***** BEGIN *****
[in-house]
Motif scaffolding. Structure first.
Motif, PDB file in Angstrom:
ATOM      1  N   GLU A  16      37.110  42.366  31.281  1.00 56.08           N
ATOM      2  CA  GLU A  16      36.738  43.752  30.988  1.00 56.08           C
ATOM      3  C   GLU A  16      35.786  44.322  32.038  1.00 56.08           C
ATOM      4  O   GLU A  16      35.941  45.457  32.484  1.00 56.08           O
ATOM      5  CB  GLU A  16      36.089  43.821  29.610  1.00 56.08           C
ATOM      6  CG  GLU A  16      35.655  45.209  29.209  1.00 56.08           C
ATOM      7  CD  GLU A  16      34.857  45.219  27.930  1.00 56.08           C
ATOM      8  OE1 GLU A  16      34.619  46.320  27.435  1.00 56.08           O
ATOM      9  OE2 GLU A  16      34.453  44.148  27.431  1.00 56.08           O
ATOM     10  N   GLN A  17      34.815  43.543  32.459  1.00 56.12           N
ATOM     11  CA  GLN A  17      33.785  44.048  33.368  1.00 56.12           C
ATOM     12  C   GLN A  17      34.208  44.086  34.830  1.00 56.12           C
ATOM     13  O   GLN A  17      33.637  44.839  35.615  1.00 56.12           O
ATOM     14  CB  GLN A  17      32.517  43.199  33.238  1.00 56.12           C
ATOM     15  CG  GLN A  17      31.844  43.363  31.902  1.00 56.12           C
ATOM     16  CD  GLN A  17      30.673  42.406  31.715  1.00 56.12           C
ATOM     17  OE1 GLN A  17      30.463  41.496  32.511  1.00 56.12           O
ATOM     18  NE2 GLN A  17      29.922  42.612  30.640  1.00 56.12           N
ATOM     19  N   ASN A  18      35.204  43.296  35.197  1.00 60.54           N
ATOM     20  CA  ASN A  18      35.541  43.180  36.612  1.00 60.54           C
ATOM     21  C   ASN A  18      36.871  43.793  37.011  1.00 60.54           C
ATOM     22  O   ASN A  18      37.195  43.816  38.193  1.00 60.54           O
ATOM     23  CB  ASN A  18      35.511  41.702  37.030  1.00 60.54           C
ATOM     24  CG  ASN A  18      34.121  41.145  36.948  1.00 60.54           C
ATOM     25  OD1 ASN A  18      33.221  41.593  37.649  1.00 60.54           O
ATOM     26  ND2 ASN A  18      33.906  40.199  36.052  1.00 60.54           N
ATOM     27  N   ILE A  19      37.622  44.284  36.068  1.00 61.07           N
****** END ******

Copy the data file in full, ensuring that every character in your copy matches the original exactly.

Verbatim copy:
[in-house]
Motif scaffolding. Structure first.
Motif, PDB file in Angstrom:
ATOM      1  N   GLU A  16      37.110  42.366  31.281  1.00 56.08           N
ATOM      2  CA  GLU A  16      36.738  43.752  30.988  1.00 56.08           C
ATOM      3  C   GLU A  16      35.786  44.322  32.038  1.00 56.08           C
ATOM      4  O   GLU A  16      35.941  45.457  32.484  1.00 56.08           O
ATOM      5  CB  GLU A  16      36.089  43.821  29.610  1.00 56.08           C
ATOM      6  CG  GLU A  16      35.655  45.209  29.209  1.00 56.08           C
ATOM      7  CD  GLU A  16      34.857  45.219  27.930  1.00 56.08           C
ATOM      8  OE1 GLU A  16      34.619  46.320  27.435  1.00 56.08           O
ATOM      9  OE2 GLU A  16      34.453  44.148  27.431  1.00 56.08           O
ATOM     10  N   GLN A  17      34.815  43.543  32.459  1.00 56.12           N
ATOM     11  CA  GLN A  17      33.785  44.048  33.368  1.00 56.12           C
ATOM     12  C   GLN A  17      34.208  44.086  34.830  1.00 56.12           C
ATOM     13  O   GLN A  17      33.637  44.839  35.615  1.00 56.12           O
ATOM     14  CB  GLN A  17      32.517  43.199  33.238  1.00 56.12           C
ATOM     15  CG  GLN A  17      31.844  43.363  31.902  1.00 56.12           C
ATOM     16  CD  GLN A  17      30.673  42.406  31.715  1.00 56.12           C
ATOM     17  OE1 GLN A  17      30.463  41.496  32.511  1.00 56.12           O
ATOM     18  NE2 GLN A  17      29.922  42.612  30.640  1.00 56.12           N
ATOM     19  N   ASN A  18      35.204  43.296  35.197  1.00 60.54           N
ATOM     20  CA  ASN A  18      35.541  43.180  36.612  1.00 60.54           C
ATOM     21  C   ASN A  18      36.871  43.793  37.011  1.00 60.54           C
ATOM     22  O   ASN A  18      37.195  43.816  38.193  1.00 60.54           O
ATOM     23  CB  ASN A  18      35.511  41.702  37.030  1.00 60.54           C
ATOM     24  CG  ASN A  18      34.121  41.145  36.948  1.00 60.54           C
ATOM     25  OD1 ASN A  18      33.221  41.593  37.649  1.00 60.54           O
ATOM     26  ND2 ASN A  18      33.906  40.199  36.052  1.00 60.54           N
ATOM     27  N   ILE A  19      37.622  44.284  36.068  1.00 61.07           N